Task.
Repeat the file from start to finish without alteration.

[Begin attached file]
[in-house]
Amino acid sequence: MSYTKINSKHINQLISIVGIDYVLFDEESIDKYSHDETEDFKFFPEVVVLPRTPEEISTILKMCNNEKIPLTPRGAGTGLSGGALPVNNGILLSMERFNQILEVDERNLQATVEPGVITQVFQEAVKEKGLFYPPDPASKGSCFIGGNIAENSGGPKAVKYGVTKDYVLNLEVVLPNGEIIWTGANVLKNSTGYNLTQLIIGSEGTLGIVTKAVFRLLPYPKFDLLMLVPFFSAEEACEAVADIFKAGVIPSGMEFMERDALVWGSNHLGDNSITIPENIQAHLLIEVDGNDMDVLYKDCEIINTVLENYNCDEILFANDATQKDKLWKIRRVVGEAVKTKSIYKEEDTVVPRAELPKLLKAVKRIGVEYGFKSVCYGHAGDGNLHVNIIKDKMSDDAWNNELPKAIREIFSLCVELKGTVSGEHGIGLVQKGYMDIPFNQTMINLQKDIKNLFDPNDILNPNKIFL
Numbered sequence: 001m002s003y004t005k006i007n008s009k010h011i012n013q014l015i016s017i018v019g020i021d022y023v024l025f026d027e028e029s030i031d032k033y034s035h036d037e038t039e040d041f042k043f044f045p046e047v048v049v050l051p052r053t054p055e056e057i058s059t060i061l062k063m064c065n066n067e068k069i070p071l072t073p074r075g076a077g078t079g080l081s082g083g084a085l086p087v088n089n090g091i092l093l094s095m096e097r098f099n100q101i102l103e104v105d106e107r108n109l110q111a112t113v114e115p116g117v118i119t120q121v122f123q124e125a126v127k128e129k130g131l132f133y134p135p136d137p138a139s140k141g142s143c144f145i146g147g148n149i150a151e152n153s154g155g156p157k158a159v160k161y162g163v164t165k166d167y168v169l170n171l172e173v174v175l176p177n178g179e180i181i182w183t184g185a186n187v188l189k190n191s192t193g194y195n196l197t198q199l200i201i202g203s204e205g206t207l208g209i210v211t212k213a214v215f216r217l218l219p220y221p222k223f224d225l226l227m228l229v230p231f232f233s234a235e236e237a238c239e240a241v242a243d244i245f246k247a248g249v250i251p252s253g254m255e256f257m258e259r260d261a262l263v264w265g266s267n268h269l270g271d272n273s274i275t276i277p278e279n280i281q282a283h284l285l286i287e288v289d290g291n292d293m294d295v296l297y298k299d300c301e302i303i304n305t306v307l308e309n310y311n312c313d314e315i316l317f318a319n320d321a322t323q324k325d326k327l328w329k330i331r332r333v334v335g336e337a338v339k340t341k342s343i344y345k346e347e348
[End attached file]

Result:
[in-house]
Amino acid sequence: MSYTKINSKHINQLISIVGIDYVLFDEESIDKYSHDETEDFKFFPEVVVLPRTPEEISTILKMCNNEKIPLTPRGAGTGLSGGALPVNNGILLSMERFNQILEVDERNLQATVEPGVITQVFQEAVKEKGLFYPPDPASKGSCFIGGNIAENSGGPKAVKYGVTKDYVLNLEVVLPNGEIIWTGANVLKNSTGYNLTQLIIGSEGTLGIVTKAVFRLLPYPKFDLLMLVPFFSAEEACEAVADIFKAGVIPSGMEFMERDALVWGSNHLGDNSITIPENIQAHLLIEVDGNDMDVLYKDCEIINTVLENYNCDEILFANDATQKDKLWKIRRVVGEAVKTKSIYKEEDTVVPRAELPKLLKAVKRIGVEYGFKSVCYGHAGDGNLHVNIIKDKMSDDAWNNELPKAIREIFSLCVELKGTVSGEHGIGLVQKGYMDIPFNQTMINLQKDIKNLFDPNDILNPNKIFL
Numbered sequence: 001m002s003y004t005k006i007n008s009k010h011i012n013q014l015i016s017i018v019g020i021d022y023v024l025f026d027e028e029s030i031d032k033y034s035h036d037e038t039e040d041f042k043f044f045p046e047v048v049v050l051p052r053t054p055e056e057i058s059t060i061l062k063m064c065n066n067e068k069i070p071l072t073p074r075g076a077g078t079g080l081s082g083g084a085l086p087v088n089n090g091i092l093l094s095m096e097r098f099n100q101i102l103e104v105d106e107r108n109l110q111a112t113v114e115p116g117v118i119t120q121v122f123q124e125a126v127k128e129k130g131l132f133y134p135p136d137p138a139s140k141g142s143c144f145i146g147g148n149i150a151e152n153s154g155g156p157k158a159v160k161y162g163v164t165k166d167y168v169l170n171l172e173v174v175l176p177n178g179e180i181i182w183t184g185a186n187v188l189k190n191s192t193g194y195n196l197t198q199l200i201i202g203s204e205g206t207l208g209i210v211t212k213a214v215f216r217l218l219p220y221p222k223f224d225l226l227m228l229v230p231f232f233s234a235e236e237a238c239e240a241v242a243d244i245f246k247a248g249v250i251p252s253g254m255e256f257m258e259r260d261a262l263v264w265g266s267n268h269l270g271d272n273s274i275t276i277p278e279n280i281q282a283h284l285l286i287e288v289d290g291n292d293m294d295v296l297y298k299d300c301e302i303i304n305t306v307l308e309n310y311n312c313d314e315i316l317f318a319n320d321a322t323q324k325d326k327l328w329k330i331r332r333v334v335g336e337a338v339k340t341k342s343i344y345k346e347e348